What might we do if we embodied a place of spiritual union with one another? When I say we, I don’t mean only Unitarian Universalists, I mean all of us who believe that people are worthy to be entrusted with carrying and sharing love so deep it will not let us go? What if that name that’s been assigned to us when we wear bright yellow shirts that say Love on them, The Love People, was really our identity? What if we cast fear aside, if we dared to believe that humanity, collectively, is worthy to be entrusted with the message that there is power of love so big that it can’t be held by any one set of religious metaphors and beliefs?
And who might we entrust with our faith? Who might we trust as prophetic voices in our wider faith, a faith not bound by traditional buildings or denominational stakes in the ground? How might we live into spiritual union with the people whose leadership we need in order to challenge and take down the notion of the saved and the damned, the chosen and the unchosen, the deserving and the undeserving, which dominates the US and so many other countries as much now as it did when John Calvin’s concept of predestination, that some are born saved and some are born damned, was widely believed to be true?
Where might we find union and create more love with other people, of every faith and no faith, who dare to proclaim that all people have inherent worth and dignity? Where are the voices saying, YES, African American youth and other youth of color, you are worthy to be trusted! Youth of color, queer youth, youth in general—you are worthy to be trusted! You are the people we need to have as union stewards in our spiritual union.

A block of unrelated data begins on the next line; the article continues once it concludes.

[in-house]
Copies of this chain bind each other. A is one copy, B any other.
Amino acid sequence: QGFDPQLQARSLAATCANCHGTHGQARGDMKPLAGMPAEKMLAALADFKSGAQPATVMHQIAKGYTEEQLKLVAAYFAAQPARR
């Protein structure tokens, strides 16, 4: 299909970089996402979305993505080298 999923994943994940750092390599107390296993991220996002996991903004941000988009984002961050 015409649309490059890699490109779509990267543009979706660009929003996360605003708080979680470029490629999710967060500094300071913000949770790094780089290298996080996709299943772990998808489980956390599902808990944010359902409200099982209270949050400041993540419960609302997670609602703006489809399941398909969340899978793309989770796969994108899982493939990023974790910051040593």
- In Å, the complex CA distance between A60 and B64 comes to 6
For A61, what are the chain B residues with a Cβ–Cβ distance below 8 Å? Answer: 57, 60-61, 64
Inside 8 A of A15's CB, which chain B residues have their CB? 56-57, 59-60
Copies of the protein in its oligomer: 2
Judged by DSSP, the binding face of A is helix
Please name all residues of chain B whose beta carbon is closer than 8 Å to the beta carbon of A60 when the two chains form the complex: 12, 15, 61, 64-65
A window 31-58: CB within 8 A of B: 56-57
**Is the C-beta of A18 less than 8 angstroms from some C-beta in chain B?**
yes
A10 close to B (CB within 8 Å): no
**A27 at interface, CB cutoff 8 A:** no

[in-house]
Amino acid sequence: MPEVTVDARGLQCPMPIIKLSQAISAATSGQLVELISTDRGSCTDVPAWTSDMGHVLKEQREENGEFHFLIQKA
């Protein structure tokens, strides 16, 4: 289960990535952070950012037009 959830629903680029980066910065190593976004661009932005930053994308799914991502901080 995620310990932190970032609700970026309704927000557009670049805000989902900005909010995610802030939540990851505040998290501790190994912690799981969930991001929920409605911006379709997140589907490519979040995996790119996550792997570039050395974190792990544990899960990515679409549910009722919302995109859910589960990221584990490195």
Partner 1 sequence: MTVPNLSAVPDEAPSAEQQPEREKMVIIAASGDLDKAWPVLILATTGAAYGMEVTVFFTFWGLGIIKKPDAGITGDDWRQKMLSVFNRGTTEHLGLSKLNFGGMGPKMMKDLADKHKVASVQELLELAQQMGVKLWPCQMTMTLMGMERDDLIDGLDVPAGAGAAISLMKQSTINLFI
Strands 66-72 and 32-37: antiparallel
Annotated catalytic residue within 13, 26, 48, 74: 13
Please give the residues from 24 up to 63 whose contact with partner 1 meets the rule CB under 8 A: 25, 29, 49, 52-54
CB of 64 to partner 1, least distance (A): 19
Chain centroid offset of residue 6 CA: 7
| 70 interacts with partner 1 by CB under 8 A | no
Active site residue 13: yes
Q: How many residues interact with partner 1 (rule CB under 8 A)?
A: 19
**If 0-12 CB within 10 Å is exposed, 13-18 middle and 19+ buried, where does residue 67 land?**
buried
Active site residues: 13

Where are the voices insisting, YES, people on public assistance, you are worthy to be trusted! More spiritual union stewards, whose leadership we need. Where are those whose witness proclaims, YES, immigrants without all your legal documents in order, you are worthy to be trusted! We need you as leaders in our spiritual union.
What might we do? Who might we dare to be? We have seen some of this in our work for marriage equality, immigration rights, voting rights, in our anti-racism work, as we join other religions and organizations and people to work together, but what if we had real spiritual union?
Whatever configurations our ministries with one another and the world take, whatever architecture we use for buildings, whatever technologies we employ, our own sense of Unitarian Universalism’s worthiness must be a part of the structure. But the time for clinging to small identities is over. The world is far too small now, we are too closely connected to even imagine that we do not have neighbors on every side who care about what we care about.
It’s scary. It means letting go of so many structures and identities that we have confused with worthiness—structures of privilege, or comfort. It means swimming in the ocean rather than in the small pond which our relational faith can become. But love will save us, again and again, when we are afraid, when we are confused, when we make mistakes, when we can’t get our bearings.
We are worthy to be trusted, not because Unitarian Universalists are the chosen people. Worthy, instead, because we have devoted ourselves to faith in a force–call it truth or God, life or love–a force much bigger than we are ourselves—which will not let us go, and which will not be confined or defined.
We have been entrusted with a great faith, and that faith whispers, shouts and sings, You are worthy! Worthy to wear the mantle of this great faith.